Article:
In July I was invited on an author blog tour, like a transCanada train full of interesting, writing-minded souls, (better than the wheels-off-the-jeep-failed-donkeypresent-endeavour on the left). In July, however, my own train was derailed by vacation and work (and I’m not complaining about either – I’m just saying they have the strength to knock the vehicle off the tracks!) and the post didn’t get posted.
The deal was that I answer four questions, invite two other writers on the train, and enjoy all the other blog posts/writers in the bar car. I make no invitations, but I’ll post all the same. I liked the process , and I liked the tour – writers divulging and encouraging. Sort of like criss-crossing the country on the iron horse with a gin and tonic in hand. Well, not really. I was at my desk, but I pretend for a living, see?
What are you working on?
I’m working on a way to work writing into my everyday life. I got a big job and now writing is harder to get to (and by that I mean finding my way to that path in the forest with the rickety sign that says ‘writing this way’). I’m excited about my new job but I’m acutely aware I need to have a thesis written by this time next year. I’ve written a novel for my thesis. It’s half way there. I think. (I hope!). We’ll see what my advisor thinks.
I have a new book of poems out with Brick Books this year called orient. I’m really excited about it. I edited orient and my novella, Grayling, at the same time which was such a brain stretcher, but it made me glad I work in multiple genres – it’s more fun, it makes me work hard, and it is a way to reach all the subjects I’m interested in. Sometimes poetry is the best way and sometimes fiction is. I’m jumping up and down to get at the new work. All I want for christmas is two vacations this year – one with my family and one in the land of writing.
How does your work differ from others in its genre?
My work differs from others in its genre mainly because other fiction writers are focused on short stories or novels. The novella is wonderfully out of fashion so the field I get to run in is quite wide and empty. I also come at the novella from a poetry background so my attention is on language composition as well as character and plot. I spend as much time on how the story sounds as I do on where the story is going. Luckily there are a lot of similarities between a novella and a poem – same attention to detail, same focus on tempo, same drawing in toward inevitability and wonder – so I feel very much at home in the genre.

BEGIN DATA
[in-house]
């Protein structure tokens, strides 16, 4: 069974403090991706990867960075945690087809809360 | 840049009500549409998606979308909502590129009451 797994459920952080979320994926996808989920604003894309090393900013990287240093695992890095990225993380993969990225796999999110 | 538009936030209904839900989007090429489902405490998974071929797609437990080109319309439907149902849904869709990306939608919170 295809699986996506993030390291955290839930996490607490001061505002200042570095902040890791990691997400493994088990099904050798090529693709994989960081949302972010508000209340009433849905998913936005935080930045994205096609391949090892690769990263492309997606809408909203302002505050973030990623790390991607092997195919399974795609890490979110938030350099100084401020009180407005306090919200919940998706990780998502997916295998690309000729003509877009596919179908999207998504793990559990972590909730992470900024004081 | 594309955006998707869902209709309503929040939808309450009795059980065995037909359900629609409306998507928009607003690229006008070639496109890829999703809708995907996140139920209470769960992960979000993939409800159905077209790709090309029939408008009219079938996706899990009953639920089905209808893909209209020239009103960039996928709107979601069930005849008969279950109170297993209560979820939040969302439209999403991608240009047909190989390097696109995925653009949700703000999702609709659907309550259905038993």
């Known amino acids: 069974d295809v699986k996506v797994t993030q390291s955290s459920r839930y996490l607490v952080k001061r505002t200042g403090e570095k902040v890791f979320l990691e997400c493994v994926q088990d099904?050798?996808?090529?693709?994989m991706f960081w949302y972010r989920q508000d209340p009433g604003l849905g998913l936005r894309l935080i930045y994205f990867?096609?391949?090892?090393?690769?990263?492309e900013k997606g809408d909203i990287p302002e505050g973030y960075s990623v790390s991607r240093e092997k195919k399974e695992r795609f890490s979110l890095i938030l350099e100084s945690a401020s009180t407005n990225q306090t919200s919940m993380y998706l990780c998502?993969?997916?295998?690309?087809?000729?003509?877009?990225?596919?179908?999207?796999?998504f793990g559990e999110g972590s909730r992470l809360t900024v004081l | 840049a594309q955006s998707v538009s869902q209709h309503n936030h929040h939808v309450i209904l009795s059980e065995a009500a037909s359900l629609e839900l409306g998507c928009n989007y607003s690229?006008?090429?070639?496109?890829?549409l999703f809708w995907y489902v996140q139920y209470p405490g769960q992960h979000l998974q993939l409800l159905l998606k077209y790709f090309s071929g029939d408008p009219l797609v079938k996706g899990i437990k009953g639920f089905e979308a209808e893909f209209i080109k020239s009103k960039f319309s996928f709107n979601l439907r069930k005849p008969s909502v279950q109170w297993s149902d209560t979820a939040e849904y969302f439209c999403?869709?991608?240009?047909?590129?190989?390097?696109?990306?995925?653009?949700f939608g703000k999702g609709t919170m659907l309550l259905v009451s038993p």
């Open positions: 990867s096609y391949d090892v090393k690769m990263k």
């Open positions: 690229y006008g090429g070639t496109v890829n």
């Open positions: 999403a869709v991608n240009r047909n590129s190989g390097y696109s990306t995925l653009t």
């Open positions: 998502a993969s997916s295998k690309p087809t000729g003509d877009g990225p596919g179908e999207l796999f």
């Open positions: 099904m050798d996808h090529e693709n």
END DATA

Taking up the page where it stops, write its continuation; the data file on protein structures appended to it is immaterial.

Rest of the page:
I’m also very interested in entertainment. I think I differ from some poets in this regard – if you are going to lend me your time and attention, I will entertain you, whether on the page or in person. The integrity of the poem is tied up to whether or not I’m moved or amused by it or hurt or amazed in the writing of it.
Why do you write what you do?
I’m so interested in making the place I live visible and known to others far away. I think about how much I care for Tim Winton’s Australia and Ian McEwan’s or Zadie Smith’s England and I love the opportunity I have to make northern BC real to people who have never been here, and real on the page for people who live here. It’s amazing to me how well we know New York and Paris and how little we know other places, equally important places, because they are rural or small. Margaret Laurence gives me hope with her Manawaka and W.P.Kinsella with his version of Wetaskiwin.
I grew up reading Dennis Lee’s poems about Lake Ontario and Yonge and Bloor streets and they seemed to me to be storybook places, but Lee also has poems about Moose Jaw and Trois Rivieres and I always felt that if he’d come to my house he would have put our place in a poem, too. I couldn’t wait on Lee, though. When I was fifteen I found a book of poems in my mum’s bookshelf called ‘Circling North’ by Charles Lillard and in it was a poem titled ‘Vanderhoof’ – my home town! I read it and wondered how someone passing through could have the final word. Was this the definitive poem about the place I grew up? No, I realized my versions hadn’t been written yet. I write what I do because it helps me to understand where I’m from and where I’m going. Basically, writing’s the best tool I have for figuring things (the world) out.
How does your writing process work?
I write as fast as I can. That’s a joke but it’s also true. I don’t get a lot of time for writing so I prepare in advance and write like hell. I’m super grateful for my high school typing classes.
Remember that crooked path to writing I mentioned above? Well, I’ve got one foot on it most minutes of the day. I’m doing my work but I’m also traveling down that path. When I get the time I write what I’ve been living in my head. It makes for some scattered conversations, and I think if my work knew what percentage of my brain was constantly engaged with imaginary things they’d rethink my effectiveness at my job, but it keeps me living – thinking about writing, writing, reading and rereading. Reading is totally necessary to my process, for both fiction and poetry. With poetry my method involves a lot of pretending that I’m not writing poetry, that I’m off the hook for poetry, and that way when I write it I let myself play. A lot of good comes from play for me. With fiction it’s more disciplined – I sit and I get ready, get back to the place I was writing, and then I write for an hour. I never usually get more than an hour so I go for it. There is massive pleasure in it. It’s like a treat to get to do it.
I think that path in the forest is one of my favourite places. Even though it’s tough to find (because of the dailiness of days – the work, the driving around, the making sure homework is done, the dishes), it’s probably why I’m okay. It’s my private land of okay-ness and I nurture it. I spend as much time there as I can. I’m really grateful for it.